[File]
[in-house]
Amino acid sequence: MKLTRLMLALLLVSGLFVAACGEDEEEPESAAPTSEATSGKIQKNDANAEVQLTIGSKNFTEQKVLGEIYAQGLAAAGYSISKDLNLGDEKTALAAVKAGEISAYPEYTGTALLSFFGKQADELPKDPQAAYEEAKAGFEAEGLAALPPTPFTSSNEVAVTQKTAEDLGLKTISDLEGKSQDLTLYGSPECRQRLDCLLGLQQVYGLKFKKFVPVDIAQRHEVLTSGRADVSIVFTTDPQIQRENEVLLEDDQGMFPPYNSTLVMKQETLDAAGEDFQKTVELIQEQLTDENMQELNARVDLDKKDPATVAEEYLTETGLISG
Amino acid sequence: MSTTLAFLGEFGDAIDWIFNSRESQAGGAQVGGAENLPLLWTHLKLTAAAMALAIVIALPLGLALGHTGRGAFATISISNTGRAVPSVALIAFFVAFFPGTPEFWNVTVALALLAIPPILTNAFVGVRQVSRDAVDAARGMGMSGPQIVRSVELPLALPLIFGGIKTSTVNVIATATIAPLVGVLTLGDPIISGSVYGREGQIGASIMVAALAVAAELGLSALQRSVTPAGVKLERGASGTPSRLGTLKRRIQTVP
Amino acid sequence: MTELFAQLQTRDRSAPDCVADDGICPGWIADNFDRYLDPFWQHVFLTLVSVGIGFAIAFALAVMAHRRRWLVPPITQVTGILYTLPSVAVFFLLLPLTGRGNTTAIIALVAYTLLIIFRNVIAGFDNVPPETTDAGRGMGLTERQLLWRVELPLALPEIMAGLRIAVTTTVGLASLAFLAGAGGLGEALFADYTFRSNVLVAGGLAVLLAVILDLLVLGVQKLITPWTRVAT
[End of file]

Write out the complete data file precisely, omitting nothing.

[in-house]
Amino acid sequence: MKLTRLMLALLLVSGLFVAACGEDEEEPESAAPTSEATSGKIQKNDANAEVQLTIGSKNFTEQKVLGEIYAQGLAAAGYSISKDLNLGDEKTALAAVKAGEISAYPEYTGTALLSFFGKQADELPKDPQAAYEEAKAGFEAEGLAALPPTPFTSSNEVAVTQKTAEDLGLKTISDLEGKSQDLTLYGSPECRQRLDCLLGLQQVYGLKFKKFVPVDIAQRHEVLTSGRADVSIVFTTDPQIQRENEVLLEDDQGMFPPYNSTLVMKQETLDAAGEDFQKTVELIQEQLTDENMQELNARVDLDKKDPATVAEEYLTETGLISG
Amino acid sequence: MSTTLAFLGEFGDAIDWIFNSRESQAGGAQVGGAENLPLLWTHLKLTAAAMALAIVIALPLGLALGHTGRGAFATISISNTGRAVPSVALIAFFVAFFPGTPEFWNVTVALALLAIPPILTNAFVGVRQVSRDAVDAARGMGMSGPQIVRSVELPLALPLIFGGIKTSTVNVIATATIAPLVGVLTLGDPIISGSVYGREGQIGASIMVAALAVAAELGLSALQRSVTPAGVKLERGASGTPSRLGTLKRRIQTVP
Amino acid sequence: MTELFAQLQTRDRSAPDCVADDGICPGWIADNFDRYLDPFWQHVFLTLVSVGIGFAIAFALAVMAHRRRWLVPPITQVTGILYTLPSVAVFFLLLPLTGRGNTTAIIALVAYTLLIIFRNVIAGFDNVPPETTDAGRGMGLTERQLLWRVELPLALPEIMAGLRIAVTTTVGLASLAFLAGAGGLGEALFADYTFRSNVLVAGGLAVLLAVILDLLVLGVQKLITPWTRVAT